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Thread: Reserve list system set for review

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    Default Reserve list system set for review

    http://www.businesstimes.com.sg/sub/...99940,00.html?

    Published February 5, 2010

    ECONOMIC STRATEGIES COMMITTEE

    Reserve list system set for review

    Reducing deposit for developers who try to trigger site sales may be considered

    By EMILYN YAP


    A REVIEW of the reserve list system for government land sales is in the works, after the Economic Strategies Committee (ESC) called for changes to help developers trigger the sale of sites more easily.

    This would be the first revamp of the system since it was introduced in 2001. One possible tweak could allow developers to pay lower deposits after they apply for a site on the list.

    In a report released yesterday, the ESC sub-group tasked to find ways to boost land productivity noted the importance of managing cost volatility. The degree of fluctuation in housing and office rents could influence corporate and individual decisions to relocate to Singapore, it said.

    Reviewing the reserve list system to make it 'less onerous' for developers to trigger the sale of sites could ensure that 'supply can be more easily activated when needed'.

    Senior Minister of State for National Development and Education Grace Fu, who is also co-chair of the sub-group, shared more details in an interview. She said there has been feedback from developers about the cost of triggering the sale of sites.

    'We are trying to look at ways to make this as low-cost as possible, so developers do not have to cross a very high barrier to trigger,' she said. 'That is to make the government land sales system more responsive to the market.'

    At present, a developer keen on a site on the reserve list has to submit an application to the government, stating the minimum price it is willing to pay. Only when the state accepts the application will the developer have to pay a deposit, which is 5 per cent of the minimum price committed.

    The developer has two weeks to pay the deposit via a cashier's order, banker's guarantee or a bank transfer. If this does not happen, acceptance of the application lapses.

    Take the sale of a residential site at Upper Thomson Road last year, for example. A developer committed to pay at least $82 million for the plot. This means the deposit was $4.1 million.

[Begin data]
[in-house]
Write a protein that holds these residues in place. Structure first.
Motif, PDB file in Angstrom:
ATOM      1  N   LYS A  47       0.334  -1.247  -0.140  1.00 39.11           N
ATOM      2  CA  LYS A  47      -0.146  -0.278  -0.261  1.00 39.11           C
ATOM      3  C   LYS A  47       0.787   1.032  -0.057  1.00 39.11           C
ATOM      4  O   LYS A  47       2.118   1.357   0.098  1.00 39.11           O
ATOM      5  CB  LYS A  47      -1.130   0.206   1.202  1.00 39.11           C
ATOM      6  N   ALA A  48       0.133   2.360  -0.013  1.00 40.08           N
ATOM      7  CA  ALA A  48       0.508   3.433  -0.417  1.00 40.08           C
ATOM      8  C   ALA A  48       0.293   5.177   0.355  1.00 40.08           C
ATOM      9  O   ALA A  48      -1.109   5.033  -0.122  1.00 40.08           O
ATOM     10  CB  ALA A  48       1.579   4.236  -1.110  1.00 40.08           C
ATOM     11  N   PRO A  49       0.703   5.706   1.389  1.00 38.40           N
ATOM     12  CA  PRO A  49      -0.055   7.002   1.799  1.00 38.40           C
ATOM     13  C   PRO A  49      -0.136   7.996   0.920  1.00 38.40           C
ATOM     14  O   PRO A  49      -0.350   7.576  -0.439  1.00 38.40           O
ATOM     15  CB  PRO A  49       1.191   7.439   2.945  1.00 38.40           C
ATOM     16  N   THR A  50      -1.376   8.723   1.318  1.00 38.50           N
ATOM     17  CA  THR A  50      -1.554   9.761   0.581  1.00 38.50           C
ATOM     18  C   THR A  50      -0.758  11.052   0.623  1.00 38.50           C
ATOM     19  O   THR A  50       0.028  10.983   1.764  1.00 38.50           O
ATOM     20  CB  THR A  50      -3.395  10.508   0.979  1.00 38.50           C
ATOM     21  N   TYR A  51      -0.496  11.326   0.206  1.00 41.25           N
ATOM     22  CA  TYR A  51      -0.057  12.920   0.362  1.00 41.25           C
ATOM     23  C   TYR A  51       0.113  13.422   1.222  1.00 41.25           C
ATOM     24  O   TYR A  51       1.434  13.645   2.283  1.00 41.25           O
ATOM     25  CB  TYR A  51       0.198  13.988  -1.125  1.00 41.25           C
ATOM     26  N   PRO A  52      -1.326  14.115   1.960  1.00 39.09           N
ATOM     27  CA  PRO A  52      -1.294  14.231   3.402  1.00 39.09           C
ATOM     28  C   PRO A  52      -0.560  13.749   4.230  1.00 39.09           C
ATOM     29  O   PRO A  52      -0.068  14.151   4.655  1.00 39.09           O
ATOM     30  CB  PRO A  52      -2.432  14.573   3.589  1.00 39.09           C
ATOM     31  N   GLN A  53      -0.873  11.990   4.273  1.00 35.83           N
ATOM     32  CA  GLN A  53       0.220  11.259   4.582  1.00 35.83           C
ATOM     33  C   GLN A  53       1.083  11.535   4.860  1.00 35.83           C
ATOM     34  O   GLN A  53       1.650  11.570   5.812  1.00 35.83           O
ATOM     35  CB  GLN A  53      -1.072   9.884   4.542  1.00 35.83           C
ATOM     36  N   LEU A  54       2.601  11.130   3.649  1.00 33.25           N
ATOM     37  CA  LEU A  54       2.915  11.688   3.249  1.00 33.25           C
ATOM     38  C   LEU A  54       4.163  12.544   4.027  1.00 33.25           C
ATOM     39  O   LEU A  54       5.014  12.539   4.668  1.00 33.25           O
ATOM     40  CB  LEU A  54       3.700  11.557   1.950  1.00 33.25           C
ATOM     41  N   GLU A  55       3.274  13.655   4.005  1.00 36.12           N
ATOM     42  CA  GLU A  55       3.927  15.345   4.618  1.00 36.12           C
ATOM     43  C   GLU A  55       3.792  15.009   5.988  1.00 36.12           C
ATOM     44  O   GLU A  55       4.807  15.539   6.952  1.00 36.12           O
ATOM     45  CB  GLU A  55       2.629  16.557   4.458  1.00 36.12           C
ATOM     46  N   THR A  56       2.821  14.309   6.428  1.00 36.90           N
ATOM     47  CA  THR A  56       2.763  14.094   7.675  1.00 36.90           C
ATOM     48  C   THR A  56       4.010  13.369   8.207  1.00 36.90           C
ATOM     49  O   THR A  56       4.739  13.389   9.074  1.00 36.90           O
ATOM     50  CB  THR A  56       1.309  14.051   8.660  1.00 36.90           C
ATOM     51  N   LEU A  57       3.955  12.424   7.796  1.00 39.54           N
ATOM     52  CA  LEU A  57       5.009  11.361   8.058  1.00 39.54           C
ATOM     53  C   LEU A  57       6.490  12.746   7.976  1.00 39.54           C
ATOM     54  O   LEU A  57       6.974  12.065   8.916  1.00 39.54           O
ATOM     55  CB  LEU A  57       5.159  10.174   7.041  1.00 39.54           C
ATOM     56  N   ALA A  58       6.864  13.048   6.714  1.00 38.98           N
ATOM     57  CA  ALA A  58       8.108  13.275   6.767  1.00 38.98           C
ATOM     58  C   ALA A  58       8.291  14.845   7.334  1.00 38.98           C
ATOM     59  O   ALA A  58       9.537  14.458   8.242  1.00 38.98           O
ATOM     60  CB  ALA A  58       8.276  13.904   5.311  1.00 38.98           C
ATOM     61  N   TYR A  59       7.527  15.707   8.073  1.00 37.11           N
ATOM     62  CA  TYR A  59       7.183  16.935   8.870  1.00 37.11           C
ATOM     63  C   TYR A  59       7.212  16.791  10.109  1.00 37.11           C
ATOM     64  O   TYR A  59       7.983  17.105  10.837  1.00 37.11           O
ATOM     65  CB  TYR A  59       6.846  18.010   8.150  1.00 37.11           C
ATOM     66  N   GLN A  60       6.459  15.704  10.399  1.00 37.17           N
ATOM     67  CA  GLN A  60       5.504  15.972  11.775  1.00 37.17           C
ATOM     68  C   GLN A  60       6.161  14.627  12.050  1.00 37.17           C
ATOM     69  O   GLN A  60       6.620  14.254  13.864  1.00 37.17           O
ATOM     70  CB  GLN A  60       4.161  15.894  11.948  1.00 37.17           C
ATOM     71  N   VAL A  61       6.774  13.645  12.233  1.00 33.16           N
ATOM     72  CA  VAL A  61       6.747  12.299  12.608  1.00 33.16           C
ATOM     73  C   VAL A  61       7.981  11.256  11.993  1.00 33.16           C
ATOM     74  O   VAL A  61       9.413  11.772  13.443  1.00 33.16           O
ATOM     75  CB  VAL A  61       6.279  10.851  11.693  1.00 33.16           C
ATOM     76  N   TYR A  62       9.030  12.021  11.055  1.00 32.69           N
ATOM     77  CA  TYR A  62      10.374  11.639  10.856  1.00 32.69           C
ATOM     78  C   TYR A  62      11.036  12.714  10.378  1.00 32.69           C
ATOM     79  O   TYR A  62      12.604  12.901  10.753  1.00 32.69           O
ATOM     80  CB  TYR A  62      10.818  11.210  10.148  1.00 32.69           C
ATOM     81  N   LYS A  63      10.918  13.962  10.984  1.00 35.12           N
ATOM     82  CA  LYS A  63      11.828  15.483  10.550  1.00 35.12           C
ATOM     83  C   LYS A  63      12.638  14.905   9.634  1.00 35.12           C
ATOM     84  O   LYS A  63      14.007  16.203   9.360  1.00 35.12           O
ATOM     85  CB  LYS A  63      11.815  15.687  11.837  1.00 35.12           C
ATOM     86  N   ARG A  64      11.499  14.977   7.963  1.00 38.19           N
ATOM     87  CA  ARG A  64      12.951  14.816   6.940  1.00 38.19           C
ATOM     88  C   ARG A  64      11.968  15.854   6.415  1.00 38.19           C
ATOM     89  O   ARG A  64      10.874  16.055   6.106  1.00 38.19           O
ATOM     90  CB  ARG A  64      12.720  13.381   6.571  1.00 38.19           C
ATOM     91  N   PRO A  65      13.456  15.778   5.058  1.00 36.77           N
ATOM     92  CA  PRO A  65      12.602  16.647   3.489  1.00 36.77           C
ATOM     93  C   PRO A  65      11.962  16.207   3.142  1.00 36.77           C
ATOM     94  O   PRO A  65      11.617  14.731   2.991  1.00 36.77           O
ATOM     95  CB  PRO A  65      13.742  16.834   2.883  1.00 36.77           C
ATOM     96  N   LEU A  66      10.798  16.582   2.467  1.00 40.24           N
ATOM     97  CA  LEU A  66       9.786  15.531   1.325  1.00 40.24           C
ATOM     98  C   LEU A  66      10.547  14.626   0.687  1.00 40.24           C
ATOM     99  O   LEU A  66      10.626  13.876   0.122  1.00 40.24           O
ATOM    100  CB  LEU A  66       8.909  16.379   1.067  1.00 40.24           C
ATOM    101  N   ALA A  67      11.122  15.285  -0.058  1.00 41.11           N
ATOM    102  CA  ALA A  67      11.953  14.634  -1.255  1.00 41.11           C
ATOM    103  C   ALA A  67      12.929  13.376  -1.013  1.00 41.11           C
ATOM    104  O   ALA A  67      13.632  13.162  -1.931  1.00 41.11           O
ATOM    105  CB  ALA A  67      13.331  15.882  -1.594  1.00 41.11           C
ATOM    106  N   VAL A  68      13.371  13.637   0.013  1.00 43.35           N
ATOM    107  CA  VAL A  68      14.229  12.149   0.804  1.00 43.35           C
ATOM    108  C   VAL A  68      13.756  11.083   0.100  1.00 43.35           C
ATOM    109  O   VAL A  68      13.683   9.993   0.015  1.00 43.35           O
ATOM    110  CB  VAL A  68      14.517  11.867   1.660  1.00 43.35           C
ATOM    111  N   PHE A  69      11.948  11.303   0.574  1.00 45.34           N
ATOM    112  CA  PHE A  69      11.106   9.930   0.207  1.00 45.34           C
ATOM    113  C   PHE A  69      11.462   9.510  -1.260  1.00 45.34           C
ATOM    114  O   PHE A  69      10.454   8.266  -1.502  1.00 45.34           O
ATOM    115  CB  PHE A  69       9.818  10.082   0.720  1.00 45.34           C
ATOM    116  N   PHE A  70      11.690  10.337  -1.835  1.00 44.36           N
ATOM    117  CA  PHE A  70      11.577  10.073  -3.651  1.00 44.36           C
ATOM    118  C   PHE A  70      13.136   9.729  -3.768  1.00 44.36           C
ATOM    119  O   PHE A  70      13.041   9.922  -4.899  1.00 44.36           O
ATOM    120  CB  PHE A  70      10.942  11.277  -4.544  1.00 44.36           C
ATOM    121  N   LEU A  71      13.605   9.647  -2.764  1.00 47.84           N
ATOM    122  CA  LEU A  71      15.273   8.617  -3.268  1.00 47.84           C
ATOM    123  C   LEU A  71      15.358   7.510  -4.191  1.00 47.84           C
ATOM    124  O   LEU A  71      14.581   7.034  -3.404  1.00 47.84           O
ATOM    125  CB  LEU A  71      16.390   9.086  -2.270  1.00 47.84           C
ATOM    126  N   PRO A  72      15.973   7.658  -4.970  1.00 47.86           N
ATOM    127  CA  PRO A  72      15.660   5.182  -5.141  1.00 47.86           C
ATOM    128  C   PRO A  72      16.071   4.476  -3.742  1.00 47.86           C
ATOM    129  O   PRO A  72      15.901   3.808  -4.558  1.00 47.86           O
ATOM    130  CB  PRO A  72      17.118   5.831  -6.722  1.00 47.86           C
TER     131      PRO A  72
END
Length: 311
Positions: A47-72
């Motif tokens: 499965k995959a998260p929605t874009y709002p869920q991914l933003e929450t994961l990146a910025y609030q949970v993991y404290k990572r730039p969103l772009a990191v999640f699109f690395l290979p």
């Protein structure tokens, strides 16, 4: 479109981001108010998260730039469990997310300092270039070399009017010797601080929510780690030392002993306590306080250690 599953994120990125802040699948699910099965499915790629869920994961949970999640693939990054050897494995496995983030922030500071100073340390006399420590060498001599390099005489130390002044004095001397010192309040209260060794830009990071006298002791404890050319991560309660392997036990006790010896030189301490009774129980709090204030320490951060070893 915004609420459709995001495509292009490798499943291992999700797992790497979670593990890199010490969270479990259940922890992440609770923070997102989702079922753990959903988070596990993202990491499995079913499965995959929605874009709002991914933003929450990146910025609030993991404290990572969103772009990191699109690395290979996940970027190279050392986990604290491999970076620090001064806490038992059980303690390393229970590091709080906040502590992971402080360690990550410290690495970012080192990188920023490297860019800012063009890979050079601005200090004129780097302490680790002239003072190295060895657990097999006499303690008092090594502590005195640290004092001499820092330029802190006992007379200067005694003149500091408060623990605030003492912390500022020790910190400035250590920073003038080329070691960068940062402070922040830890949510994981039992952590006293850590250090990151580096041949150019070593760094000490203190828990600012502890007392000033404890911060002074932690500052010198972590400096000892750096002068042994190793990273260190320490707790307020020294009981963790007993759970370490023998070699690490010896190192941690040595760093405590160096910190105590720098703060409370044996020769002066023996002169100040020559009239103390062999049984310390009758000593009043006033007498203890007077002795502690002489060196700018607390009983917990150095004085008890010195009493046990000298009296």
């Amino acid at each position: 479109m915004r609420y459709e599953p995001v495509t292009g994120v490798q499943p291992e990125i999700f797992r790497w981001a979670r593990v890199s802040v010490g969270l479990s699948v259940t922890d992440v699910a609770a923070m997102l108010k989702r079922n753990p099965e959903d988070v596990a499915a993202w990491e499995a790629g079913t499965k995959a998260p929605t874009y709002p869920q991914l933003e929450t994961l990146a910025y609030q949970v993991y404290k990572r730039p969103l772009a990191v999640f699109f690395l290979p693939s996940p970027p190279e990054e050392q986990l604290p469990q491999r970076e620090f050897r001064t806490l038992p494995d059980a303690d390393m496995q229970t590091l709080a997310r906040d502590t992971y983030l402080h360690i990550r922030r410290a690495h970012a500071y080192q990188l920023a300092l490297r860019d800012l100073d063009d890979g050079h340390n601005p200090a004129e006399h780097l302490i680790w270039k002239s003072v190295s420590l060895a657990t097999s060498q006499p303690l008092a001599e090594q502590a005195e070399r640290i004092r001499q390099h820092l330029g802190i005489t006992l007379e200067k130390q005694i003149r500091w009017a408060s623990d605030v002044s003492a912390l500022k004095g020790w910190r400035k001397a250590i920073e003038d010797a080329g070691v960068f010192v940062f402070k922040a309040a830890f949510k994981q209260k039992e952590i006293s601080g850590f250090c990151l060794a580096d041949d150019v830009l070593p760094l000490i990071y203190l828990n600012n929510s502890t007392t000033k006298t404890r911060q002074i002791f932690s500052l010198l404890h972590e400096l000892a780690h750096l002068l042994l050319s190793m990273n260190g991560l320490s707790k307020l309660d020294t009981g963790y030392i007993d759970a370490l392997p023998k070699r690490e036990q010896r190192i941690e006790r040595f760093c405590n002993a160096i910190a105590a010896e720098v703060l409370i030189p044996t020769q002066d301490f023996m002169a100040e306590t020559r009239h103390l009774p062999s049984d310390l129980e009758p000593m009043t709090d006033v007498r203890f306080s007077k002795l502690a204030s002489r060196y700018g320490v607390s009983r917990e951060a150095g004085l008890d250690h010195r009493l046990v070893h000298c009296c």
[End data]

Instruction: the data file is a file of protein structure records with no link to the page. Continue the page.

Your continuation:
Industry players BT spoke to had few issues to raise about the reserve list system. Roxy-Pacific chief executive Teo Hong Lim said financially-prudent developers would most likely have 'blessings of bankers' before even applying for a site. A Hiap Hoe spokesperson agreed, saying developers would usually have prepared funds for the entire development cost when bidding for a site.

    Reducing the deposit needed could encourage a few more developers to apply for sites, said Ngee Ann Polytechnic real estate lecturer Nicholas Mak. The deposit could be cut to 2-3 per cent of the minimum price committed, he added.

    Apart from the deposit, other procedures in the reserve list system are under review. Knight Frank chairman Tan Tiong Cheng suggested the government provide an indicative range of reserve prices for sites, so developers can be more certain their application would be accepted.

    On the whole, the system works 'pretty well', he said. 'It's a case of what's in the reserve list. The quality of the sites is important.'

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    Default Make reserve list responsive to market

    http://www.straitstimes.com/PrimeNew...ry_486590.html

    Feb 5, 2010

    Make reserve list responsive to market


    THE Economic Strategies Committee is proposing to tweak the reserve list - one of the main methods used to sell development land - to make it more responsive to the market.

    Under this method, land is formally put up for tender only after a developer indicates interest by committing to a minimum bid the Government deems acceptable.

    The ESC would like to speed up the process for activating a tender so land can come onstream faster to avert potential rental spikes.

    'When we consulted the developers... one piece of feedback was that there's a price to pay to trigger a piece of land,' said Senior Minister of State for National Development Grace Fu.

    'We're trying to look at ways to make it as low-cost as possible so that developers do not have to cross a high-cost barrier to trigger.'

    The current method requires a developer to put down a deposit of 5 per cent of the minimum acceptable bid within two weeks of acceptance.

    Some smaller developers have said that when they commit to an acceptable bid and trigger a tender, they might still miss out on the site.

    'If so, why should they bother to trigger it? Their funds would be tied up,' said a property consultant.

    Knight Frank chairman Tan Tiong Cheng said that to speed up the process, the Government could give an indicative price range.

    JOYCE TEO

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